KM: I think there can be a misrepresentation of who I am a lot of times because I might be more quiet than other artists. I don’t walk in the room going, “Here I am!” I’m going to be the guy standing in the corner taking everything in. I think that can be taken the wrong way, as if I’m not interested in what’s going on around, but it’s not really the case.
PEOPLE: You didn’t write “The Bull” [by Jon Randall and Luke Dick] but you own that message of defiance.
KM: Yes! 100 percent. Nashville and the radio industry can be in this little bubble and they don’t know what’s happening in the real world. After the success of Up All Night, my phone was ringing off the hook, but the minute Wild Ones came around and I wasn’t having the same commercial success, the calls stopped. I heard the murmurs through town: “He’s done. We need to play this guy instead.” People thought because they weren’t seeing me on the charts, I was gone. But in the real world, Wild Ones was gaining a massive, underground cult-like following and we were tripling our fan base. I knew the real tickets that were being sold. The experience gave me that defiance and the faith in the music I wanted to write for this record. But I carried a chip on my shoulder for those two years, so “The Bull” made sense. We got punched in the face but I brushed myself off and picked myself up. And once I’m up, it’s a middle finger to anyone who was doubting me.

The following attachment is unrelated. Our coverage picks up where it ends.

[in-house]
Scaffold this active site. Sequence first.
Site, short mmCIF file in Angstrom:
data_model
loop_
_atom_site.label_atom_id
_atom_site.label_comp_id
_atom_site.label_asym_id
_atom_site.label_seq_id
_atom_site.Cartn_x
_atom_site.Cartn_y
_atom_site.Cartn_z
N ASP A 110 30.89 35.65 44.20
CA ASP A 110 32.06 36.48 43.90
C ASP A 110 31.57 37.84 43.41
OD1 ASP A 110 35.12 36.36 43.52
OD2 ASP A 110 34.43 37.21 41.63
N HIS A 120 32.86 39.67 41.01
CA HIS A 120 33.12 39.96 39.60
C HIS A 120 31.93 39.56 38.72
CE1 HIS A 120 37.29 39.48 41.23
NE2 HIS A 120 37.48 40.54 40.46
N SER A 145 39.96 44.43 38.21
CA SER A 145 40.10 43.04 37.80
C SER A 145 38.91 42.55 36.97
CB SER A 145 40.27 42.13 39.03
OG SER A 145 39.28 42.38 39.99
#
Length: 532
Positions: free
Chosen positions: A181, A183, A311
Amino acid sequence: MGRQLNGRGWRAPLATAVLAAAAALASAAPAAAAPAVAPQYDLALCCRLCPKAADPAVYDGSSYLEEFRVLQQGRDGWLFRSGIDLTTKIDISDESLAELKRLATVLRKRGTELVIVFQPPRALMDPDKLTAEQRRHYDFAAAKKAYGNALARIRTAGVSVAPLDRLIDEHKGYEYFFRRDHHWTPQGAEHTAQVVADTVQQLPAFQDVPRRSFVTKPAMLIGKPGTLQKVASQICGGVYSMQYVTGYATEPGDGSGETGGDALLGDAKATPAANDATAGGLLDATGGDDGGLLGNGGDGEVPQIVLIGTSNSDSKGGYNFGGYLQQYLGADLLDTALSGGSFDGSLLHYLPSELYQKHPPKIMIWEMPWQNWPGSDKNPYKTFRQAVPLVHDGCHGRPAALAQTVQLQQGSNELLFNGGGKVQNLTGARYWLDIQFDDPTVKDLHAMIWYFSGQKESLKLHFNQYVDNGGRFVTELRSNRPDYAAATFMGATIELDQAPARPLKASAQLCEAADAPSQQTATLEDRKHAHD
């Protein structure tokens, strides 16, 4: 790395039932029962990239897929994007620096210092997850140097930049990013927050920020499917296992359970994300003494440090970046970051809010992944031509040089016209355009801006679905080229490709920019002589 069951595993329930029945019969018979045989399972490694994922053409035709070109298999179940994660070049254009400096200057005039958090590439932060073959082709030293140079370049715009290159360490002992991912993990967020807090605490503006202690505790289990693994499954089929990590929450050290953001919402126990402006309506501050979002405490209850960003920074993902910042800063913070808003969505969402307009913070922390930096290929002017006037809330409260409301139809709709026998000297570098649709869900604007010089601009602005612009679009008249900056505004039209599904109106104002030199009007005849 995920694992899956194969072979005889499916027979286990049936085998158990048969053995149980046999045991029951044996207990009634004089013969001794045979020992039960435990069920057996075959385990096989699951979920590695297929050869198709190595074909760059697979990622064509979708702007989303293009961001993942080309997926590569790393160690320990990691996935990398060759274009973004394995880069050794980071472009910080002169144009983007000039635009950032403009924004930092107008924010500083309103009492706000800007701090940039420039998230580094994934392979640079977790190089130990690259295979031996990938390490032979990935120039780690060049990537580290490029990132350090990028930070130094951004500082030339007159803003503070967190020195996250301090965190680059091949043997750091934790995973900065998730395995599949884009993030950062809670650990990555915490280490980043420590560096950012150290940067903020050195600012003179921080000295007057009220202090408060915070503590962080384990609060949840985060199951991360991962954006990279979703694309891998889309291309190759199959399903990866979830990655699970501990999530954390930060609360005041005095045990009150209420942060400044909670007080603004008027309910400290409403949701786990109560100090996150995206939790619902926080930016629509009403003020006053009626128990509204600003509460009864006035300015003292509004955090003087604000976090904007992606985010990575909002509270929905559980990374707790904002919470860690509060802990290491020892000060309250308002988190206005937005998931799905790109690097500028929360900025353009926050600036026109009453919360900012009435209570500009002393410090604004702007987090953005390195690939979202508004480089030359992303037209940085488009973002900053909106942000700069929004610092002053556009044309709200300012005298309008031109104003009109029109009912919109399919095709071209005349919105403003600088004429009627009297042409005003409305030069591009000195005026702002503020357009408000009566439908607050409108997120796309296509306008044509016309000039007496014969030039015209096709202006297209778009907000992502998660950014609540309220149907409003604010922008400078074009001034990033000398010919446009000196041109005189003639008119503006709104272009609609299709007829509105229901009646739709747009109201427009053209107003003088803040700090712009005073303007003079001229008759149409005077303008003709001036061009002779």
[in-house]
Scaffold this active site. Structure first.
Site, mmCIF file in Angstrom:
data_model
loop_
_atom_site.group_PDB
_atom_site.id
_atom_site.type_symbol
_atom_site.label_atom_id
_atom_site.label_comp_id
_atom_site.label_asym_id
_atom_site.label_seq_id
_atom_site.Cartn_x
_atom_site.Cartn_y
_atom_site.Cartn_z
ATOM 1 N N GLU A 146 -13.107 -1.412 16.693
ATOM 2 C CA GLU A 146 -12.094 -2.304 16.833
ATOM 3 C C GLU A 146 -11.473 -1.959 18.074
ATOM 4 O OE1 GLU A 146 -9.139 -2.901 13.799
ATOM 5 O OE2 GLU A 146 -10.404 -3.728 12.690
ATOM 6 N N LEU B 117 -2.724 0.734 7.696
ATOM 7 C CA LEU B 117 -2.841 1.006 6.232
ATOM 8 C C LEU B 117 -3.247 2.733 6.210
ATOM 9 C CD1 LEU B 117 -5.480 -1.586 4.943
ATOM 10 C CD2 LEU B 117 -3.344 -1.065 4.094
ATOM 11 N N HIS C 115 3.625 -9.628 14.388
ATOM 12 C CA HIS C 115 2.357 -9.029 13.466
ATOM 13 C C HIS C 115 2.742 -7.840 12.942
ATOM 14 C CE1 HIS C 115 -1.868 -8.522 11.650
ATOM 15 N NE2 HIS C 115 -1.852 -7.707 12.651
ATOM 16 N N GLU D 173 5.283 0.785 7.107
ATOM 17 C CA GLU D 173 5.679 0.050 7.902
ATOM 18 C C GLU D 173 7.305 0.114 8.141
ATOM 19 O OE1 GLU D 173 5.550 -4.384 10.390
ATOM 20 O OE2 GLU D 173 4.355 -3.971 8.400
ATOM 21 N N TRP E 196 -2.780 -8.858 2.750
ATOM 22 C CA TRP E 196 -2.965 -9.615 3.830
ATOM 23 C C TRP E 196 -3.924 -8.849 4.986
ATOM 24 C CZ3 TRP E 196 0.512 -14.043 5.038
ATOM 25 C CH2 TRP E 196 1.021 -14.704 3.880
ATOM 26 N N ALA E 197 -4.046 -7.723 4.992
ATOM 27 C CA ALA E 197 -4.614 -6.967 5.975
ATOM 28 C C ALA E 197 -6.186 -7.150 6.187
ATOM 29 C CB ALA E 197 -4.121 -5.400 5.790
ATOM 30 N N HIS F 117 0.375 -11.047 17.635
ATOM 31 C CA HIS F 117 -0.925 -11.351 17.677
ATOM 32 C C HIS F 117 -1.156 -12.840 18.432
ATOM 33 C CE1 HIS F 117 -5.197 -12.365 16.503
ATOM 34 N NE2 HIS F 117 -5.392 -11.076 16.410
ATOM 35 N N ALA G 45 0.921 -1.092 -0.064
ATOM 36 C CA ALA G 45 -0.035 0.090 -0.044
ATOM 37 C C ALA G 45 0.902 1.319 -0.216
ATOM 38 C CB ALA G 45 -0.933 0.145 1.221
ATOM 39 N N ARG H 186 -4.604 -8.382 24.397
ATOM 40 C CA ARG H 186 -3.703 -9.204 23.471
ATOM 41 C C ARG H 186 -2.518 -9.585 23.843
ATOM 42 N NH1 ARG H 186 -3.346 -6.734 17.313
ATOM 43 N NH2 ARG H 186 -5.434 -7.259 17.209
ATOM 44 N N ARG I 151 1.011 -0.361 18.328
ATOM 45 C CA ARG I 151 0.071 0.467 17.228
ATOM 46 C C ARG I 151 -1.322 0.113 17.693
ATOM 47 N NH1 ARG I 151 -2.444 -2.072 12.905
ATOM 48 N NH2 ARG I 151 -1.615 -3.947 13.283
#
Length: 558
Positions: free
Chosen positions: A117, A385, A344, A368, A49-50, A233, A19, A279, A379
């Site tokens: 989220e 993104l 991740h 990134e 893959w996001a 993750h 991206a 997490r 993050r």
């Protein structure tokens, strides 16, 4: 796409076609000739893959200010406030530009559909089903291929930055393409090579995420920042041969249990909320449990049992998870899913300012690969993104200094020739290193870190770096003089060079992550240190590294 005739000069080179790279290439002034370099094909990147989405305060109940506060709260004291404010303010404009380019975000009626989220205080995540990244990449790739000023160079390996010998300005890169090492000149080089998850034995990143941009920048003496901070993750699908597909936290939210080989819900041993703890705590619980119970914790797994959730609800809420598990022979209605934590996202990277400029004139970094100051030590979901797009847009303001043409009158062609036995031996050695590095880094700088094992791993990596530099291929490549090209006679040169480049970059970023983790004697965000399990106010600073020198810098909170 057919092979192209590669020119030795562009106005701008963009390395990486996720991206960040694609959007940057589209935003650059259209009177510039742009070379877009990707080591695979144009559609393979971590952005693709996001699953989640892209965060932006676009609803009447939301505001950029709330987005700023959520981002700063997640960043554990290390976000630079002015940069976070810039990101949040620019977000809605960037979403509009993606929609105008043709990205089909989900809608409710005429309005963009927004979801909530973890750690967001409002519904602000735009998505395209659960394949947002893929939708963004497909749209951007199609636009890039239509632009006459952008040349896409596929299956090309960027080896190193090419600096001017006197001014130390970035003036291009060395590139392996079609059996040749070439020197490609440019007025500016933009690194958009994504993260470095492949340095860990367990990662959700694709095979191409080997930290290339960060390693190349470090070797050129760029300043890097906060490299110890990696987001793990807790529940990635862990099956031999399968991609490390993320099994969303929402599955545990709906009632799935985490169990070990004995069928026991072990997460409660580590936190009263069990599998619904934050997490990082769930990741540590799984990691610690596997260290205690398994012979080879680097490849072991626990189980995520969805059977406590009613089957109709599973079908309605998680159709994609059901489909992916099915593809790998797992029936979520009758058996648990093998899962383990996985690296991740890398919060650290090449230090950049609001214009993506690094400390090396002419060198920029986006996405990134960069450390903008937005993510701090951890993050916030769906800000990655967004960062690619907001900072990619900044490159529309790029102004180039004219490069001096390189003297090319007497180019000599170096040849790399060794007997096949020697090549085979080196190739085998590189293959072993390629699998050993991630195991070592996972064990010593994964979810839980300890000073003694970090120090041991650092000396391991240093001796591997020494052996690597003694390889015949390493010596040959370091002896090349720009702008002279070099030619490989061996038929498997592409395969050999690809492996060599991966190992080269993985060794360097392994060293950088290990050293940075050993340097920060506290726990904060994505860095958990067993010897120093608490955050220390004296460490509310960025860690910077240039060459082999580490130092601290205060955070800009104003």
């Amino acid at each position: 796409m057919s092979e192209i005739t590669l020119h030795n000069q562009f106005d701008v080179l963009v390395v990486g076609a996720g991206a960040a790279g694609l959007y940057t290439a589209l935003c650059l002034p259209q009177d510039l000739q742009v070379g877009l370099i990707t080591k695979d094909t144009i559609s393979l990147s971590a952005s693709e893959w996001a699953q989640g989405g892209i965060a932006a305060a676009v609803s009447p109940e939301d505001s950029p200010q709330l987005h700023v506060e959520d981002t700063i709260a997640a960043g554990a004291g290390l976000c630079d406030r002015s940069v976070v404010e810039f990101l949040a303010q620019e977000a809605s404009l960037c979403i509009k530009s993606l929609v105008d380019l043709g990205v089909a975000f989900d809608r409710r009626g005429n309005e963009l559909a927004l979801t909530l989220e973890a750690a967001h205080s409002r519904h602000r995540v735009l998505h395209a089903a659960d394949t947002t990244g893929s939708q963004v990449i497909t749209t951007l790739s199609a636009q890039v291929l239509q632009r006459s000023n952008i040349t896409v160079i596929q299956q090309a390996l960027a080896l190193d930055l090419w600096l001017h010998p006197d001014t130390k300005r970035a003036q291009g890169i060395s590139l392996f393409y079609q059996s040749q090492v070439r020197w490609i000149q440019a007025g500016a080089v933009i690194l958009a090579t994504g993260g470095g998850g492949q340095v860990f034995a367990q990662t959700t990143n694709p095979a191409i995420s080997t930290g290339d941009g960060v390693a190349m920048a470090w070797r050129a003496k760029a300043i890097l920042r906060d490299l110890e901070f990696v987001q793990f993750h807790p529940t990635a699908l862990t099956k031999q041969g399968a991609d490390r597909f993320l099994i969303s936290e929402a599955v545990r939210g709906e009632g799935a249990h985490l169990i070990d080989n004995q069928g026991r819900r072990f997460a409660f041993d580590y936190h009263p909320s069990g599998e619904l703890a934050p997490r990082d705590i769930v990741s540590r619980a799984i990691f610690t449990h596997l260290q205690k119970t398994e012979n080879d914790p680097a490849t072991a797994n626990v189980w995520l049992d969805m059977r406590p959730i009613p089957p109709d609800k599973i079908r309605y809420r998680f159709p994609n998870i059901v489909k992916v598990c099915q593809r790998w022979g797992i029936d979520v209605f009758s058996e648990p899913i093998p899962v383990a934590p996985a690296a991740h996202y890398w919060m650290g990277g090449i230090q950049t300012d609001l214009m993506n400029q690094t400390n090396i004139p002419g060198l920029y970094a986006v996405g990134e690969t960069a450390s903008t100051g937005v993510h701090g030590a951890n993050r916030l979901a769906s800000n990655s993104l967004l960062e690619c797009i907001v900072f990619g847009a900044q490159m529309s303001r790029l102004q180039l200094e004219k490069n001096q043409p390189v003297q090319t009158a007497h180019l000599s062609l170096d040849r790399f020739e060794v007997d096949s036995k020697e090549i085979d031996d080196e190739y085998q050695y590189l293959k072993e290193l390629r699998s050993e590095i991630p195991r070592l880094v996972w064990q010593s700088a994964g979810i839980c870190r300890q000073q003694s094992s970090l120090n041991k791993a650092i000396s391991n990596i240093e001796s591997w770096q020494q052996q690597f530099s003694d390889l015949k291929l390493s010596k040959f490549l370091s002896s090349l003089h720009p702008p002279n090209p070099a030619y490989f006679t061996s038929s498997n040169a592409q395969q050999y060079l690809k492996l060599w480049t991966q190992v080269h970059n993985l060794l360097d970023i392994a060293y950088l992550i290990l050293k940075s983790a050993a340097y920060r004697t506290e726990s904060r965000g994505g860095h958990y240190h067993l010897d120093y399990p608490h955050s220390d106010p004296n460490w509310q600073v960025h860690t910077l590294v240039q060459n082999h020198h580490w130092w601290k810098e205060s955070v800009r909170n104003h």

PEOPLE: Did the fact that you survived the commercial disappointment of Wild Ones free you from pressure in making this album?
KM: The fans have no idea what they did for me, mentally, at that time. Wild Ones was huge for us internationally, and I’d go to shows and people would be singing the entire album from start to finish, with the album cuts as loud as any hit I’ve ever had. It was a beautiful thing. It gave me faith: just write the songs you want to write. Stay true to that. If there are hit songs, that’s gravy. That’s great. Anybody’s lying if they say they don’t want a hit song. But I also realized that my career was not dependent on that.